The Roman legal system established a system of courts to handle civil disputes between citizens. These courts were structured in a hierarchical system starting with the local tribunal, or lower court. The higher courts in this system were called the praetorians and these dealt with more complex disputes. Decisions of these courts could be appealed to the emperor and the decisions of the emperor had to be respected.
This system of courts made it easier for citizens to settle disputes without resorting to vigilante justice. It also allowed disputes to be resolved quickly and fairly without involving too many people. This ensured that citizens were not treated unfairly or subjected to arbitrary or unjust decisions.

Roman Law and Punishments

The Roman legal system was based on a principle of deterrence and retribution. Punishments for breaking the law were harsh and were meant to send a clear message that breaking the law was unacceptable. Punishments included fines, imprisonment, corporal punishment, and even execution in extreme cases. These punishments could be used to punish crimes of theft, murder, and other serious offenses.
The extent of the punishment was based on the severity of the crime. While some punishments were severe, the law was designed to ensure that the guilty party was punished adequately without resorting to arbitrary or excessive punishment. This ensured that citizens were treated fairly and that they had the confidence to come forward and report any wrongdoing.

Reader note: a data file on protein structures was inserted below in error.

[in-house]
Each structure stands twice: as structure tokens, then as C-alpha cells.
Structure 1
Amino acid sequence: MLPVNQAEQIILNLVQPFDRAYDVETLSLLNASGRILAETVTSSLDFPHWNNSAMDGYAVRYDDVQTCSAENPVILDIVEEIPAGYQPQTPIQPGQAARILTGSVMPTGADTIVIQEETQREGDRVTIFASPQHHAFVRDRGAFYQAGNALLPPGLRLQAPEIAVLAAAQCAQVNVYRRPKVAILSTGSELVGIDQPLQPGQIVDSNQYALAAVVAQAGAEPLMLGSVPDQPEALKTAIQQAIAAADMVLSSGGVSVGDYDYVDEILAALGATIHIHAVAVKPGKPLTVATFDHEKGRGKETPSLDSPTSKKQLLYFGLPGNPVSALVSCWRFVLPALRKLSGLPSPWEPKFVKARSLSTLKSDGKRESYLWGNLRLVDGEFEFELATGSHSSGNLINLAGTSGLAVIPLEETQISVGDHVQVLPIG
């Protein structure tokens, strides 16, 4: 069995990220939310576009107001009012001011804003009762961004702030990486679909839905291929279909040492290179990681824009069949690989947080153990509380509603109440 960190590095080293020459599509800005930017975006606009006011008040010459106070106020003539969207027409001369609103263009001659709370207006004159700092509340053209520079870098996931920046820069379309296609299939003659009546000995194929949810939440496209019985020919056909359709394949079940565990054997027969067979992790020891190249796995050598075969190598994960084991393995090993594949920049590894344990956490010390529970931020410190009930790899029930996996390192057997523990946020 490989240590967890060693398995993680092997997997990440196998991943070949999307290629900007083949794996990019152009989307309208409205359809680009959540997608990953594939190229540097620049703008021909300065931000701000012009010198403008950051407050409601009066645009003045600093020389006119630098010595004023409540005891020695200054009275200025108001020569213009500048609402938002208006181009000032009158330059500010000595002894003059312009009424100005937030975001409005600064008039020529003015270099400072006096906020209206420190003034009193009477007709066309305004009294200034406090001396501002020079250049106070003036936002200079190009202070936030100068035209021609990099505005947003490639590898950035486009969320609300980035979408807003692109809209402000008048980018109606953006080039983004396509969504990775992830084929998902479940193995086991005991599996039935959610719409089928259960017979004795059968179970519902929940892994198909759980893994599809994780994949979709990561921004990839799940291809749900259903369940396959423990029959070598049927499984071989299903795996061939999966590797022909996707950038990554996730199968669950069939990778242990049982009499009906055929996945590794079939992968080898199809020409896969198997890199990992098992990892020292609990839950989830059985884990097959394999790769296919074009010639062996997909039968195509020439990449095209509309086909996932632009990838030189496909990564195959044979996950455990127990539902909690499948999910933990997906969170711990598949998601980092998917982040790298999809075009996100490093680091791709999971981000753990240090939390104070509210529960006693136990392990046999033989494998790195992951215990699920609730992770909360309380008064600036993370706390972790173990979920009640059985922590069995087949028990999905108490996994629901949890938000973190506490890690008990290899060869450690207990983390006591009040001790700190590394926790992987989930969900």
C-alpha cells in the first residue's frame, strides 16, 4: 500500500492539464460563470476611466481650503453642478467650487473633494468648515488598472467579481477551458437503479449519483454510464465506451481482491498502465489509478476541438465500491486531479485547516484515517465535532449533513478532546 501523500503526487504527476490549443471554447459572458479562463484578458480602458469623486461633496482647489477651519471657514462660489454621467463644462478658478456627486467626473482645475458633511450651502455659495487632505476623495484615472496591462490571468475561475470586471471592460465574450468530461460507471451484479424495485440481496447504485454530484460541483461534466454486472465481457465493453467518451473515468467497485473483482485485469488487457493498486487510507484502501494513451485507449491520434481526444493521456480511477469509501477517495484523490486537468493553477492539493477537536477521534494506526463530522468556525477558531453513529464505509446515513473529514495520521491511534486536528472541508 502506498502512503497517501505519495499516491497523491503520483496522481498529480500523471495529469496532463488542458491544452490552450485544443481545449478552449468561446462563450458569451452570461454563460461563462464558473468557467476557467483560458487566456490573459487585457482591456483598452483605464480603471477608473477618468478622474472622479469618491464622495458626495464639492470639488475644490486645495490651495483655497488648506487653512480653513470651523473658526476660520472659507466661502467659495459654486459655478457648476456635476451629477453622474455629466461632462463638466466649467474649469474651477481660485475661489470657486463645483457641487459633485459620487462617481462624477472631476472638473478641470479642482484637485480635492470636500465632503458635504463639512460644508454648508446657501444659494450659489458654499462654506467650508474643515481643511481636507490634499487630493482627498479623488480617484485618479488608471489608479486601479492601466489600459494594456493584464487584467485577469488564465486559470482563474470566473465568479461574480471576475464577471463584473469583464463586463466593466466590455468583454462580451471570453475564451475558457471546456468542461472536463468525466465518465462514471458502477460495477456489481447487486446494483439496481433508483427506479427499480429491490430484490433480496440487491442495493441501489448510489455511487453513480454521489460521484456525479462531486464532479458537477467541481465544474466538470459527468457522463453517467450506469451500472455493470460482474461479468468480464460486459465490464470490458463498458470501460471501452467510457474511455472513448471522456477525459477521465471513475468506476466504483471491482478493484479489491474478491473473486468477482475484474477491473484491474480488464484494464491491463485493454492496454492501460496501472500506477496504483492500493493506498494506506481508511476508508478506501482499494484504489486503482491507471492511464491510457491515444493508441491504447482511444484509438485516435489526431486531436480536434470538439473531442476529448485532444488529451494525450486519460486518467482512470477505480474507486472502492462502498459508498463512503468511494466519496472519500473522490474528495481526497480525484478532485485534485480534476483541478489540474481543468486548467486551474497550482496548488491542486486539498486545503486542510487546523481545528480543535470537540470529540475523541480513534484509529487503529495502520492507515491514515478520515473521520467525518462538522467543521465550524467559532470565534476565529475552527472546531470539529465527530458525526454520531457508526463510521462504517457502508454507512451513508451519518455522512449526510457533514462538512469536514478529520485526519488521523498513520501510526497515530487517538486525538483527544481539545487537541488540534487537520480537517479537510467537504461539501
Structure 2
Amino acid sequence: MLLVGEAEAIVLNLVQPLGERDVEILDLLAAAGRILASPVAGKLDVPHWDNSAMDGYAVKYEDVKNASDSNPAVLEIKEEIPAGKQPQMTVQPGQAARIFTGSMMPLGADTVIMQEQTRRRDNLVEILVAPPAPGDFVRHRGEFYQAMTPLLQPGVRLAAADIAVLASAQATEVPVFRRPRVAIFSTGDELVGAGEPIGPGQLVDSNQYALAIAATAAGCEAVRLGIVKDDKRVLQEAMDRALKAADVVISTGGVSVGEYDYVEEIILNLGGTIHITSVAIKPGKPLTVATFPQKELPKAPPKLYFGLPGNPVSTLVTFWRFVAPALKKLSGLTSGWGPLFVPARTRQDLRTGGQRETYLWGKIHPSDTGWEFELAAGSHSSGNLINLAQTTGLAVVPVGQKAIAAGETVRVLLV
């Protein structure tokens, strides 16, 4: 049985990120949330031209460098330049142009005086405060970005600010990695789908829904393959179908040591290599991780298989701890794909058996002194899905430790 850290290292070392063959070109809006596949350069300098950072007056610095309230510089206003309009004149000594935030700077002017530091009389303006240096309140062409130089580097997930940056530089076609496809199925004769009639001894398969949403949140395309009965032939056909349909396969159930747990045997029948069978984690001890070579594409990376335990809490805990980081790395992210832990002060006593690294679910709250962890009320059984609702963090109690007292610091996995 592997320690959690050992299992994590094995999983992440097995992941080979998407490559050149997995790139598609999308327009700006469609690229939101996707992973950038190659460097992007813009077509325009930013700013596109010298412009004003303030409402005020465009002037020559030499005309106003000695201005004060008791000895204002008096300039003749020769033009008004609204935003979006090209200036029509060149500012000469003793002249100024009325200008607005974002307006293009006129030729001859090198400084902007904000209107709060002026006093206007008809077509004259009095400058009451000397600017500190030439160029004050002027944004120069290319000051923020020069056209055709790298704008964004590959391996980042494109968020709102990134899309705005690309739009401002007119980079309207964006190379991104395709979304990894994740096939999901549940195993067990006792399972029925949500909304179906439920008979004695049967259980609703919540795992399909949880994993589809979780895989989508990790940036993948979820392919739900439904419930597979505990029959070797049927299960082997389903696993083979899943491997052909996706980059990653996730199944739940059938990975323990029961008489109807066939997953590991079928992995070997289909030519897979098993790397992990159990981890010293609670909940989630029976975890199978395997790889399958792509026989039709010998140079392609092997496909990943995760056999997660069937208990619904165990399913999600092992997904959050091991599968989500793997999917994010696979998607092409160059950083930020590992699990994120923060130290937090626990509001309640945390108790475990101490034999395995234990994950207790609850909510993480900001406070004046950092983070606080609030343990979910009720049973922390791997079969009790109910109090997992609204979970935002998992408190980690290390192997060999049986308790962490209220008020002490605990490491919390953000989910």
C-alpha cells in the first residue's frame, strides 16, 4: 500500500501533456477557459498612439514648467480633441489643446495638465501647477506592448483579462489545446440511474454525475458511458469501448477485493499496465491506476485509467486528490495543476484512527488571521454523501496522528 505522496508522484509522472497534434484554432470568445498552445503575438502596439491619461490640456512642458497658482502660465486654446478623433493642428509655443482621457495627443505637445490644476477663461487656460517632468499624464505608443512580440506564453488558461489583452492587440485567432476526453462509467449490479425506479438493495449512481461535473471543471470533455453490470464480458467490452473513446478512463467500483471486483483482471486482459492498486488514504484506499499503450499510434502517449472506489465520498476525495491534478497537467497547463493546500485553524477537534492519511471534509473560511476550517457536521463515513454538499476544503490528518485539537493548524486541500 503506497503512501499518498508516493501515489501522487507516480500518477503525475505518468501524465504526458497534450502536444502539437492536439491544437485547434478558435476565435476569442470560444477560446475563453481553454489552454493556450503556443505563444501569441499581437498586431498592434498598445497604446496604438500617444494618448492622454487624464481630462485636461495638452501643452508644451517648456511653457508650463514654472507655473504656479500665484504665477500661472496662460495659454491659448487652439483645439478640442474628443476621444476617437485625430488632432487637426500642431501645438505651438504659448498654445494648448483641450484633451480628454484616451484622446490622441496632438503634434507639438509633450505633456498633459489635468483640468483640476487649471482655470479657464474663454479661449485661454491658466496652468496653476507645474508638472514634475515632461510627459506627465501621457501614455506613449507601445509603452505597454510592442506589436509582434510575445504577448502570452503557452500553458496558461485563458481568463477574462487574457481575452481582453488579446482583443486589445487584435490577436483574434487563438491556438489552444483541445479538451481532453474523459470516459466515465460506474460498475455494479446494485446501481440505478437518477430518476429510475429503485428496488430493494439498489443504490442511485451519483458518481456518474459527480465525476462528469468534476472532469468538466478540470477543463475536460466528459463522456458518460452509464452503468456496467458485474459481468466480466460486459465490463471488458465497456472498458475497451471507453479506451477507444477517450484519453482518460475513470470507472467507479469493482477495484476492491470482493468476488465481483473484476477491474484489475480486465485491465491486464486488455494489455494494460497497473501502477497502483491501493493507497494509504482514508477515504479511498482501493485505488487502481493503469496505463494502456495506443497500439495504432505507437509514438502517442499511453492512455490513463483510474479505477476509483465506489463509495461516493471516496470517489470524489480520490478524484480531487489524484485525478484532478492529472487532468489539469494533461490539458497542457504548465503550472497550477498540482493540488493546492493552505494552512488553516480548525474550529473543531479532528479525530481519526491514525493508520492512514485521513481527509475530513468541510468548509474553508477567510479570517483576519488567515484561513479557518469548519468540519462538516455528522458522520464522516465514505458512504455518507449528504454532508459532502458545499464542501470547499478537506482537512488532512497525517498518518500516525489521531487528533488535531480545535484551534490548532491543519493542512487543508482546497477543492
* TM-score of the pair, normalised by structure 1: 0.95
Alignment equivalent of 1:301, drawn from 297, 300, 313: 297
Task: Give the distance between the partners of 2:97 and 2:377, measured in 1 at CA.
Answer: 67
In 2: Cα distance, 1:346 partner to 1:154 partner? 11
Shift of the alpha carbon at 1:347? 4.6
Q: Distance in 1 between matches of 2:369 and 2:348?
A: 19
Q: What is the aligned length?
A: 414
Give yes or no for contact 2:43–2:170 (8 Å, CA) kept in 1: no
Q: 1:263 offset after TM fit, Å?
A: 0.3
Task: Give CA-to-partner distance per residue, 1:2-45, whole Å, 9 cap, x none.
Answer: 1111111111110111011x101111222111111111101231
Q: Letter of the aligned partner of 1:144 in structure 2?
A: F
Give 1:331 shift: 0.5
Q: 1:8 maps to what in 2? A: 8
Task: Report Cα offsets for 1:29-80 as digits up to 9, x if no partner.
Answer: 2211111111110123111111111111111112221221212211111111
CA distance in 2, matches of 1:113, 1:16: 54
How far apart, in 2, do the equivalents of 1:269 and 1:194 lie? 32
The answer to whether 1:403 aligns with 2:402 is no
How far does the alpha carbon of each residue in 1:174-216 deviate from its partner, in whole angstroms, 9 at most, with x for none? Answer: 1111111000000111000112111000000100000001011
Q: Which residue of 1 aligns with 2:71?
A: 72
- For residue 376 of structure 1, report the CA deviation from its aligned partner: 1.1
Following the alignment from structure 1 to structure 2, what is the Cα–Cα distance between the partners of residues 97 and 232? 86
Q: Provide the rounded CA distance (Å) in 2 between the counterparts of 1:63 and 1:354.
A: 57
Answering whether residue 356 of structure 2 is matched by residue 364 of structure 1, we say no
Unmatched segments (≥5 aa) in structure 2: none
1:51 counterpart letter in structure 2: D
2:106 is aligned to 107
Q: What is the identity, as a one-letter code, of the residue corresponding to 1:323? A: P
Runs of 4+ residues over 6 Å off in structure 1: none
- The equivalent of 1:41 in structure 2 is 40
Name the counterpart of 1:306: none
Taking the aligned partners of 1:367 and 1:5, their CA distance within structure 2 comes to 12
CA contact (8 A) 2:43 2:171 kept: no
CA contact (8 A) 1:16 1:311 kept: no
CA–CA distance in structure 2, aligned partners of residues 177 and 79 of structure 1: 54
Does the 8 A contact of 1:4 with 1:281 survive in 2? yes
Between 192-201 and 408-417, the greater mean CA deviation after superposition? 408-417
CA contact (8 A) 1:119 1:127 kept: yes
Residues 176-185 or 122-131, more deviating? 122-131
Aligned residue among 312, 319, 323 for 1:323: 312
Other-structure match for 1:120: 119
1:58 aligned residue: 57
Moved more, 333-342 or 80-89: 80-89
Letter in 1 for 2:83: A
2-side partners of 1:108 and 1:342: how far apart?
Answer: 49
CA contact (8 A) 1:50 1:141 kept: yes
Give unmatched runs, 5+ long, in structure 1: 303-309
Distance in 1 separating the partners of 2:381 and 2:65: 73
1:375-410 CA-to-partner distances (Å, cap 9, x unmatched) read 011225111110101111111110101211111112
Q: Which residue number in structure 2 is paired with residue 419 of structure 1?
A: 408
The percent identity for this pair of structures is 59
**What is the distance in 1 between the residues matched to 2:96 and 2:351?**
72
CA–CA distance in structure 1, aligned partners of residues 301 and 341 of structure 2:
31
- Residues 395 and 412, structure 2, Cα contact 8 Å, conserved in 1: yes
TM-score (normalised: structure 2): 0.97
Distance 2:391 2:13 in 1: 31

Roman Influence on Modern Law

Today, the legacy of Roman law can be seen in the legal systems of many countries around the world. Much of Roman law has been implemented in the legal codes of nations such as France, Germany, and England, and many of the principles of Roman law are still used to this day. This includes civil and public law, civil procedure, contracts, and criminal law, among other areas of law.
The influence of Roman law can also be seen in international law and conflicts that take place between nations. Many of the concepts used today, such as international treaties, owe their origins to Roman law and the treaties and alliances established between the different Roman political entities.


The law code of ancient Rome has been a major influence on legal systems around the world and has served as a blueprint for the way laws are drafted, interpreted, and enforced. The code established by the Romans represented some of the earliest attempts to create a standardized legal structure and provided the basis for much of what would become Western law. Although many of these laws have evolved over time, the Roman legal structure still represents an important development in the history of law.

Moshe Rideout is a professional writer and historian whose work focuses on the history of Ancient Rome. Moshe is passionate about understanding the complexity of the Roman Empire, from its architecture to its literature, political systems to social structures. He has a Bachelor's degree in classic studies from Rutgers University and is currently pursuing a PhD in classical archaeology at UMass Amherst. When he isn't researching or writing, he enjoys exploring ruins around Europe, drawing inspiration from his travels.